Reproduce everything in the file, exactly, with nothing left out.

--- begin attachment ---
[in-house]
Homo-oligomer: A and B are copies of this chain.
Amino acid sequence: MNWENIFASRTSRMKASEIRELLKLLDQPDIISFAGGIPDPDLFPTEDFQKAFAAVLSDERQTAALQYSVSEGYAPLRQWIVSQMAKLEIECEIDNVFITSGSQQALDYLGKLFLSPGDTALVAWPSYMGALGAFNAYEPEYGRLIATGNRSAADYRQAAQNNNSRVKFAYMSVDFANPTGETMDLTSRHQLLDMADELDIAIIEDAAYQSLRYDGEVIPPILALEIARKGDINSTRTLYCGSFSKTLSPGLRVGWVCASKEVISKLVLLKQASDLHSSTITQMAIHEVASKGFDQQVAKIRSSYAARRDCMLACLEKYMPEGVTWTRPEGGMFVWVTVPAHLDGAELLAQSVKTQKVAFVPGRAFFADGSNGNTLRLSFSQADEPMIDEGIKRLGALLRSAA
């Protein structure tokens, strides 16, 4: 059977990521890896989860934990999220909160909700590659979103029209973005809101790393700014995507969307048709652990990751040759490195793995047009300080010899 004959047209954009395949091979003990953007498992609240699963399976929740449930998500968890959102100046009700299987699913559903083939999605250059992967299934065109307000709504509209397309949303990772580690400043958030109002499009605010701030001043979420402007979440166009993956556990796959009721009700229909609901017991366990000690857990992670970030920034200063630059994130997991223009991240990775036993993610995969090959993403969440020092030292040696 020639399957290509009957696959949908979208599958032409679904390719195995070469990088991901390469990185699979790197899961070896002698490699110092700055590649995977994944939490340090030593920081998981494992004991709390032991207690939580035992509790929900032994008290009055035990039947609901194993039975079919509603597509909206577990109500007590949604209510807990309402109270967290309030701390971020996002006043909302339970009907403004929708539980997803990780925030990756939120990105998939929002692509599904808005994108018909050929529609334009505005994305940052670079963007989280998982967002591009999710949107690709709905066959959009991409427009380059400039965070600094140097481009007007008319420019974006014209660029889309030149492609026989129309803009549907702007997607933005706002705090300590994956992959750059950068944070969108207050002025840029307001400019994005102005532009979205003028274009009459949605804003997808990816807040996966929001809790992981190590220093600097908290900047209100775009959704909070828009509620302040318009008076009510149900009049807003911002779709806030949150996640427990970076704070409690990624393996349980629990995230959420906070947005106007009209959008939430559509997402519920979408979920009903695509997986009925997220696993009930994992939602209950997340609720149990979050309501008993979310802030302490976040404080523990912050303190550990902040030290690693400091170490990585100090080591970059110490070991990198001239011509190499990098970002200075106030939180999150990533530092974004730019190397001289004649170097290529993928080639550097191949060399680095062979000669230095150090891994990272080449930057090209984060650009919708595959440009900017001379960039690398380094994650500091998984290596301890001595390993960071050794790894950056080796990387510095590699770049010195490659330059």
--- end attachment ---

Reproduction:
[in-house]
Homo-oligomer: A and B are copies of this chain.
Amino acid sequence: MNWENIFASRTSRMKASEIRELLKLLDQPDIISFAGGIPDPDLFPTEDFQKAFAAVLSDERQTAALQYSVSEGYAPLRQWIVSQMAKLEIECEIDNVFITSGSQQALDYLGKLFLSPGDTALVAWPSYMGALGAFNAYEPEYGRLIATGNRSAADYRQAAQNNNSRVKFAYMSVDFANPTGETMDLTSRHQLLDMADELDIAIIEDAAYQSLRYDGEVIPPILALEIARKGDINSTRTLYCGSFSKTLSPGLRVGWVCASKEVISKLVLLKQASDLHSSTITQMAIHEVASKGFDQQVAKIRSSYAARRDCMLACLEKYMPEGVTWTRPEGGMFVWVTVPAHLDGAELLAQSVKTQKVAFVPGRAFFADGSNGNTLRLSFSQADEPMIDEGIKRLGALLRSAA
């Protein structure tokens, strides 16, 4: 059977990521890896989860934990999220909160909700590659979103029209973005809101790393700014995507969307048709652990990751040759490195793995047009300080010899 004959047209954009395949091979003990953007498992609240699963399976929740449930998500968890959102100046009700299987699913559903083939999605250059992967299934065109307000709504509209397309949303990772580690400043958030109002499009605010701030001043979420402007979440166009993956556990796959009721009700229909609901017991366990000690857990992670970030920034200063630059994130997991223009991240990775036993993610995969090959993403969440020092030292040696 020639399957290509009957696959949908979208599958032409679904390719195995070469990088991901390469990185699979790197899961070896002698490699110092700055590649995977994944939490340090030593920081998981494992004991709390032991207690939580035992509790929900032994008290009055035990039947609901194993039975079919509603597509909206577990109500007590949604209510807990309402109270967290309030701390971020996002006043909302339970009907403004929708539980997803990780925030990756939120990105998939929002692509599904808005994108018909050929529609334009505005994305940052670079963007989280998982967002591009999710949107690709709905066959959009991409427009380059400039965070600094140097481009007007008319420019974006014209660029889309030149492609026989129309803009549907702007997607933005706002705090300590994956992959750059950068944070969108207050002025840029307001400019994005102005532009979205003028274009009459949605804003997808990816807040996966929001809790992981190590220093600097908290900047209100775009959704909070828009509620302040318009008076009510149900009049807003911002779709806030949150996640427990970076704070409690990624393996349980629990995230959420906070947005106007009209959008939430559509997402519920979408979920009903695509997986009925997220696993009930994992939602209950997340609720149990979050309501008993979310802030302490976040404080523990912050303190550990902040030290690693400091170490990585100090080591970059110490070991990198001239011509190499990098970002200075106030939180999150990533530092974004730019190397001289004649170097290529993928080639550097191949060399680095062979000669230095150090891994990272080449930057090209984060650009919708595959440009900017001379960039690398380094994650500091998984290596301890001595390993960071050794790894950056080796990387510095590699770049010195490659330059």